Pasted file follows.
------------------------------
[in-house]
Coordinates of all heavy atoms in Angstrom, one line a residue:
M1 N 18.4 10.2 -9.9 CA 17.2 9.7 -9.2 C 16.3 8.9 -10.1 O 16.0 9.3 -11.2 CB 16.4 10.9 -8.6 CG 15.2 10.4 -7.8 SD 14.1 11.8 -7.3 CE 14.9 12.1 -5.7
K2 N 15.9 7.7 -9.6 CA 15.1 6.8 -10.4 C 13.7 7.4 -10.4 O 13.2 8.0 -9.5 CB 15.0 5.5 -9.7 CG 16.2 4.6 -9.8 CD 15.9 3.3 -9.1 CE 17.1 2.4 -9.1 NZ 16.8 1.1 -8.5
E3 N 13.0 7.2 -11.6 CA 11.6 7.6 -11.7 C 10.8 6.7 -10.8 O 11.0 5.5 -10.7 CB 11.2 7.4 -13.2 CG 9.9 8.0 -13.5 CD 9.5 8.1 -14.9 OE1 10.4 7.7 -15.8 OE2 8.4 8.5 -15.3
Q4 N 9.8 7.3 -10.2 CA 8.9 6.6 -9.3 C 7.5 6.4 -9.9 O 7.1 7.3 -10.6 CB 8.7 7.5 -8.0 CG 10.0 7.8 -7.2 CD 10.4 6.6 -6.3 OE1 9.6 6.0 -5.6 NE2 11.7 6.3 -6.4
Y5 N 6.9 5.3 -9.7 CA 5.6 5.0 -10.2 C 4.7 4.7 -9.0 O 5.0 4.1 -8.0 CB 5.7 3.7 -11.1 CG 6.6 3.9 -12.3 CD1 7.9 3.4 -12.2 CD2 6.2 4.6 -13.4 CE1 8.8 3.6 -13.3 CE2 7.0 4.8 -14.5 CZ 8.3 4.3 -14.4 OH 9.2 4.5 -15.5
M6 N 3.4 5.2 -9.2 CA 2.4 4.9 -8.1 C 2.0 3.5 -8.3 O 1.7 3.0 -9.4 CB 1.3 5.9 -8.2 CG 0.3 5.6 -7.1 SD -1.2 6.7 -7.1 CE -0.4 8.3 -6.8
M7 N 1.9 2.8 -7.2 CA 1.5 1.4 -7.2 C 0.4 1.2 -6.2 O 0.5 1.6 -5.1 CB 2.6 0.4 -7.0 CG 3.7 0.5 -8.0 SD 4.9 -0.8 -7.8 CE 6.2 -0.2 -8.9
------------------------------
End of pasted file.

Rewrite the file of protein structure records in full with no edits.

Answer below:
[in-house]
Coordinates of all heavy atoms in Angstrom, one line a residue:
M1 N 18.4 10.2 -9.9 CA 17.2 9.7 -9.2 C 16.3 8.9 -10.1 O 16.0 9.3 -11.2 CB 16.4 10.9 -8.6 CG 15.2 10.4 -7.8 SD 14.1 11.8 -7.3 CE 14.9 12.1 -5.7
K2 N 15.9 7.7 -9.6 CA 15.1 6.8 -10.4 C 13.7 7.4 -10.4 O 13.2 8.0 -9.5 CB 15.0 5.5 -9.7 CG 16.2 4.6 -9.8 CD 15.9 3.3 -9.1 CE 17.1 2.4 -9.1 NZ 16.8 1.1 -8.5
E3 N 13.0 7.2 -11.6 CA 11.6 7.6 -11.7 C 10.8 6.7 -10.8 O 11.0 5.5 -10.7 CB 11.2 7.4 -13.2 CG 9.9 8.0 -13.5 CD 9.5 8.1 -14.9 OE1 10.4 7.7 -15.8 OE2 8.4 8.5 -15.3
Q4 N 9.8 7.3 -10.2 CA 8.9 6.6 -9.3 C 7.5 6.4 -9.9 O 7.1 7.3 -10.6 CB 8.7 7.5 -8.0 CG 10.0 7.8 -7.2 CD 10.4 6.6 -6.3 OE1 9.6 6.0 -5.6 NE2 11.7 6.3 -6.4
Y5 N 6.9 5.3 -9.7 CA 5.6 5.0 -10.2 C 4.7 4.7 -9.0 O 5.0 4.1 -8.0 CB 5.7 3.7 -11.1 CG 6.6 3.9 -12.3 CD1 7.9 3.4 -12.2 CD2 6.2 4.6 -13.4 CE1 8.8 3.6 -13.3 CE2 7.0 4.8 -14.5 CZ 8.3 4.3 -14.4 OH 9.2 4.5 -15.5
M6 N 3.4 5.2 -9.2 CA 2.4 4.9 -8.1 C 2.0 3.5 -8.3 O 1.7 3.0 -9.4 CB 1.3 5.9 -8.2 CG 0.3 5.6 -7.1 SD -1.2 6.7 -7.1 CE -0.4 8.3 -6.8
M7 N 1.9 2.8 -7.2 CA 1.5 1.4 -7.2 C 0.4 1.2 -6.2 O 0.5 1.6 -5.1 CB 2.6 0.4 -7.0 CG 3.7 0.5 -8.0 SD 4.9 -0.8 -7.8 CE 6.2 -0.2 -8.9